Prepare your business for change – video transcript

In this video Prepare your business for change, we meet Penny, who runs a lemonade stand. Learn how she uses the business model canvas to explore how her business operates.

Three. Business model canvas.

Businesses around the world use the business model canvas to understand, change and improve their operations.

Regardless of the size or industry sector of your business, it provides a 1 page overview of how your business works.

To better understand this tool, let's look at how it works with a business example we can all understand.

This is Penny, and her business is a lemonade stand.

Penny knows that being open to change will build the resilience of her business, whether she's proactively changing or reacting to something unexpected.

Listening to her team and talking with them will help her develop better ideas on adapting her business.

Prepare your business for change by using the business model canvas.

This tool helps you capture how your business currently works, what changes might be needed, how these changes might impact your business model.

A business model is simply a plan for how your business makes money and how all the components of your business work together.

Let's understand Penny's current business model using the business model canvas.

The business model canvas is essentially a 1 page business plan. It's made up of 9 areas that describe who your customers are, how you provide products or services and how you create revenue.

Let's take a closer look at Penny's business.

First up, customer segments, which is a list of all the people or groups your business aims to reach and serve. In this case, neighbours, passers-by and friends.

The value proposition describes what value you provide to each of the customers you've identified. Penny's value proposition is refreshing lemonade.

Channels describe how customers access your products or services and how you deliver your value proposition. Penny sells to her customers using a booth or lemonade stand.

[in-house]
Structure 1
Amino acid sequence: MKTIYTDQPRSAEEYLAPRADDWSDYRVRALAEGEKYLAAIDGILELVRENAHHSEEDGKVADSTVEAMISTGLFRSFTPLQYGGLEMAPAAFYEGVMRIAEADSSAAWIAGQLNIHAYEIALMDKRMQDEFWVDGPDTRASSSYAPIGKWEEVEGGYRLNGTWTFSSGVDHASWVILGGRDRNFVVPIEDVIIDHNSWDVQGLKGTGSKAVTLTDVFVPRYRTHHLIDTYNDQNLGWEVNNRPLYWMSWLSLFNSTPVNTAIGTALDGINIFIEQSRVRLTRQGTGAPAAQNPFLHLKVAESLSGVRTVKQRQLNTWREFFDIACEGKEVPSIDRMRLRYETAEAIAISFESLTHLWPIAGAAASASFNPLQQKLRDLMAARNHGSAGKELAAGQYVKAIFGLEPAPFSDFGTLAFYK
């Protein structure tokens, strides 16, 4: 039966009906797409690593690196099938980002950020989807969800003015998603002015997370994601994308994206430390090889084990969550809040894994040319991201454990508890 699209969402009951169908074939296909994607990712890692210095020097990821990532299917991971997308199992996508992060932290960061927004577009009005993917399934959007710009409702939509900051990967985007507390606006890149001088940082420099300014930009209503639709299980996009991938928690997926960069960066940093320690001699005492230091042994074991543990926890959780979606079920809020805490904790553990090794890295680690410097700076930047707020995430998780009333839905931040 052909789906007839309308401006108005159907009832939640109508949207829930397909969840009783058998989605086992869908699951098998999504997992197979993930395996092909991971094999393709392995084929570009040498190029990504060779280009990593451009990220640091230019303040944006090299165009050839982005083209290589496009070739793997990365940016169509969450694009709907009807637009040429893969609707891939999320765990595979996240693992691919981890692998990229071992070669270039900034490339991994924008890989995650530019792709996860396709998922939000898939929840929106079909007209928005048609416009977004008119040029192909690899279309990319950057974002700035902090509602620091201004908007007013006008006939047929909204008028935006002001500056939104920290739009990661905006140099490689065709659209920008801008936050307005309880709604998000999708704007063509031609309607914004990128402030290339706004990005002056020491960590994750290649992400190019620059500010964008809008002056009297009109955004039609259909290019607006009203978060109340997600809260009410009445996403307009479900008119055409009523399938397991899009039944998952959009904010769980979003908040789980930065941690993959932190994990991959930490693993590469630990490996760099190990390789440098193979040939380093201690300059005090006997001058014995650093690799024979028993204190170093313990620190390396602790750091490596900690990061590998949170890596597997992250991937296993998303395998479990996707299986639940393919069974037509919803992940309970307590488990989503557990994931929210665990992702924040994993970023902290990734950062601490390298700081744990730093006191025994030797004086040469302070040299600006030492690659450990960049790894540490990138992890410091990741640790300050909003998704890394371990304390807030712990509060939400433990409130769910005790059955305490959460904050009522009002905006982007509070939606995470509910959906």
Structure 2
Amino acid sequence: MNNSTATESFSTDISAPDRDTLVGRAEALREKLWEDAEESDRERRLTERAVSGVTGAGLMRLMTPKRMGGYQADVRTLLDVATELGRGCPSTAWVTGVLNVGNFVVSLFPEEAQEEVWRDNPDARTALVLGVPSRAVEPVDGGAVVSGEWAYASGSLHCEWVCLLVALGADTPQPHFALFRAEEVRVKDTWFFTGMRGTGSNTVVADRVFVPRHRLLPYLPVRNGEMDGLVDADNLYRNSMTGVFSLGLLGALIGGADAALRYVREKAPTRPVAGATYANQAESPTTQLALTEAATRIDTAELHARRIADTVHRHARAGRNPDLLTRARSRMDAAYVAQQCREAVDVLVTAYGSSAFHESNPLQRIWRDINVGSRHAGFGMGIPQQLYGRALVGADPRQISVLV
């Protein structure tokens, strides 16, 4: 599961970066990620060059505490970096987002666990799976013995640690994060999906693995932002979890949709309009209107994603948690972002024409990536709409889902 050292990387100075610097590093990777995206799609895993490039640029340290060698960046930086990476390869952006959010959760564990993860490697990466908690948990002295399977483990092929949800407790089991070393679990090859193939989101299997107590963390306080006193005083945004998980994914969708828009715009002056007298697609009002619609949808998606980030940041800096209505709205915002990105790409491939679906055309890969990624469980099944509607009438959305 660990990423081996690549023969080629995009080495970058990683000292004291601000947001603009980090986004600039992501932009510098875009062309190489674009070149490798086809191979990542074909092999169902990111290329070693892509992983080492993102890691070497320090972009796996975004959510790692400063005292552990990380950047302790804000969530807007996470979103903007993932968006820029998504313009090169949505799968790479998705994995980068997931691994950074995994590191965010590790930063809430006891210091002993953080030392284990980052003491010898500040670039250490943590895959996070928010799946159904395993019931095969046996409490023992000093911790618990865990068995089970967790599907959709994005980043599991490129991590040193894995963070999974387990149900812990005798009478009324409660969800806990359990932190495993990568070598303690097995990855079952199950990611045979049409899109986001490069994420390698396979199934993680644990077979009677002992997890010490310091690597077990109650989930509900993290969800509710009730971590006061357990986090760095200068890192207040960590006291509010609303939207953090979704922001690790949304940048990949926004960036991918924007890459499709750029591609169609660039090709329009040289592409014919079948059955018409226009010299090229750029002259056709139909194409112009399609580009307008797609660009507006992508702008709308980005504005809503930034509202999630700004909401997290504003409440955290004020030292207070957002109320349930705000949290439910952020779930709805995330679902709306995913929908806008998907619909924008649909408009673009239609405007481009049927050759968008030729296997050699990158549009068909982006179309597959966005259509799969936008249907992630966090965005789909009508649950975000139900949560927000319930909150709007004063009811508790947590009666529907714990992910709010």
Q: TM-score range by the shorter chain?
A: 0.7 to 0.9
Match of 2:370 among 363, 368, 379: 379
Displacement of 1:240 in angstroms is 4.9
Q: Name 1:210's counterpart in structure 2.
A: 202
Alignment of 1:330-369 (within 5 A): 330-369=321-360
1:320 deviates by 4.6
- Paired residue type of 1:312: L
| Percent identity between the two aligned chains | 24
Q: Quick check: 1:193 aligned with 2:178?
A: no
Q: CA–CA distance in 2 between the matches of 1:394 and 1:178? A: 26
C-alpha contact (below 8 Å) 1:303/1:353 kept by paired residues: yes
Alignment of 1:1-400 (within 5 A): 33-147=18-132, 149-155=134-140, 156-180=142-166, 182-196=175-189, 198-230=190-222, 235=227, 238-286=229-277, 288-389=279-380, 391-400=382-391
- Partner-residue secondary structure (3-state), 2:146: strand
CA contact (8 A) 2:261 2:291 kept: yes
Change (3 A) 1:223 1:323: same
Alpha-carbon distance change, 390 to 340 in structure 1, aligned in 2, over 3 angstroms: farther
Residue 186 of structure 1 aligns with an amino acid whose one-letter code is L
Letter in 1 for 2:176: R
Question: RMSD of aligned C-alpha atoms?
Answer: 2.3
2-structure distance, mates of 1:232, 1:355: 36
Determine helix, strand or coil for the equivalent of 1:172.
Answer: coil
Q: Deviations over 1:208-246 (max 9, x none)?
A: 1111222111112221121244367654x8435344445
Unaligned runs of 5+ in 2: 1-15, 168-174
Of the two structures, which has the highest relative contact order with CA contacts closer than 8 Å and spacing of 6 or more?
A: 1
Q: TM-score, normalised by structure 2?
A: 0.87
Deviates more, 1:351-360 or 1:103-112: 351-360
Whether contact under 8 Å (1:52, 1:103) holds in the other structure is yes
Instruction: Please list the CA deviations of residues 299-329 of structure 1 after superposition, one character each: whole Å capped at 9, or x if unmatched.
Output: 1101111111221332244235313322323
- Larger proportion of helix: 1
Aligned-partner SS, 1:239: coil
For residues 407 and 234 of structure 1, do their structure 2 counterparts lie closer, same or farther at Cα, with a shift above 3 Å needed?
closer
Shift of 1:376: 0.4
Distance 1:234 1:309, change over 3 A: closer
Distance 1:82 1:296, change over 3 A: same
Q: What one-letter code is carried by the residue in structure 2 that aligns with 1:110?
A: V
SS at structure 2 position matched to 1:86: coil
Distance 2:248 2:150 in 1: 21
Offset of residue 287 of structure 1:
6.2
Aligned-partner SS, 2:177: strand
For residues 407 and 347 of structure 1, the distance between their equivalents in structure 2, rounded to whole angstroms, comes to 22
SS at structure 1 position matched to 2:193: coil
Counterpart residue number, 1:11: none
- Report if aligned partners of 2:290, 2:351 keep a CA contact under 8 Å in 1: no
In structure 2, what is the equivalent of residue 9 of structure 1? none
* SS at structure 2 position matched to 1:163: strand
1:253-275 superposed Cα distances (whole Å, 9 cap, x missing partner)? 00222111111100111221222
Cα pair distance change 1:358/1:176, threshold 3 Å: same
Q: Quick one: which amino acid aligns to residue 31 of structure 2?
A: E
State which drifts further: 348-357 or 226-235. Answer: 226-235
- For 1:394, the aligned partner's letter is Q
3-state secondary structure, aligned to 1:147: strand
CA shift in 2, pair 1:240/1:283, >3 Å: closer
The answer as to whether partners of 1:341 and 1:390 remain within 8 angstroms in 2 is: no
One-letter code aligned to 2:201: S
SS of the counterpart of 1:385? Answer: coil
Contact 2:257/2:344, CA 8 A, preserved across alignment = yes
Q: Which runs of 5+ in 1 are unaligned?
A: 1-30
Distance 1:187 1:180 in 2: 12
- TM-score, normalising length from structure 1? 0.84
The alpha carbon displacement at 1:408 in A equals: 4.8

Customer relationship describes how your business establishes and maintains a lasting relationship with your customers. Penny plans to sell to passers by and personal contacts of her and her friends whom she's recruited to help her.

Revenue streams describe the way your business will make money. Penny's revenue stream is charging 1 dollar per cup of lemonade.

Key resources describe the most important assets you'll need to make your business work. Penny's got a lemon tree in the front yard, she's also got her dad's secret recipe. With a table and chairs, some cups and some friends, she's got the key resources she needs.

Key activities describe the most important things you must do to make your business model work. In other words, what do you do every day to run your business? Making lemonade is a key activity, so is operating the lemonade stand and putting up posters around the neighbourhood.

Key partners are the network of suppliers that make the business work. Key partners are other businesses that allow your business to do what it does without having to develop or own everything. For Penny, the sugar, ice and cups come from a supermarket.

Costs describe the underlying expenses to run your business, including the key resources, activities and partners. Penny gets free lemons from her tree, but will have to buy sugar, ice and cups, which is a cost. She will have to split her profits with her helpers.

Download and complete your business model canvas now. Consider each of the sections of the canvas and document how your business currently works.

Watch the video Prepare your business for change.